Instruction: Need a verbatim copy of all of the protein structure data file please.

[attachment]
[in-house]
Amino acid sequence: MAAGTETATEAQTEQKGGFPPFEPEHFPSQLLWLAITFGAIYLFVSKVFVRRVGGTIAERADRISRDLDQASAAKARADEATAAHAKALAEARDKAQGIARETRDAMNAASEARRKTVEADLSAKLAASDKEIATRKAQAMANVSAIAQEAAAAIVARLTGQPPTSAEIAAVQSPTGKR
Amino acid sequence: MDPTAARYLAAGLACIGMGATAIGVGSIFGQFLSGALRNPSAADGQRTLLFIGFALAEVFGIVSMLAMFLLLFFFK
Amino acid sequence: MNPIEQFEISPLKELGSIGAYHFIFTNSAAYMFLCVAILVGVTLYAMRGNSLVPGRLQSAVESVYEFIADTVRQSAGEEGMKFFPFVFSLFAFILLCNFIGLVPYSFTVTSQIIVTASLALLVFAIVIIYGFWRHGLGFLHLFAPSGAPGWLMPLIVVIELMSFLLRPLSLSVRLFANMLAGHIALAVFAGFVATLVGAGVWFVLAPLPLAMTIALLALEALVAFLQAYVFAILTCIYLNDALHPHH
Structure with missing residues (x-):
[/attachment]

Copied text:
[in-house]
Amino acid sequence: MAAGTETATEAQTEQKGGFPPFEPEHFPSQLLWLAITFGAIYLFVSKVFVRRVGGTIAERADRISRDLDQASAAKARADEATAAHAKALAEARDKAQGIARETRDAMNAASEARRKTVEADLSAKLAASDKEIATRKAQAMANVSAIAQEAAAAIVARLTGQPPTSAEIAAVQSPTGKR
Amino acid sequence: MDPTAARYLAAGLACIGMGATAIGVGSIFGQFLSGALRNPSAADGQRTLLFIGFALAEVFGIVSMLAMFLLLFFFK
Amino acid sequence: MNPIEQFEISPLKELGSIGAYHFIFTNSAAYMFLCVAILVGVTLYAMRGNSLVPGRLQSAVESVYEFIADTVRQSAGEEGMKFFPFVFSLFAFILLCNFIGLVPYSFTVTSQIIVTASLALLVFAIVIIYGFWRHGLGFLHLFAPSGAPGWLMPLIVVIELMSFLLRPLSLSVRLFANMLAGHIALAVFAGFVATLVGAGVWFVLAPLPLAMTIALLALEALVAFLQAYVFAILTCIYLNDALHPHH
Structure with missing residues (x-):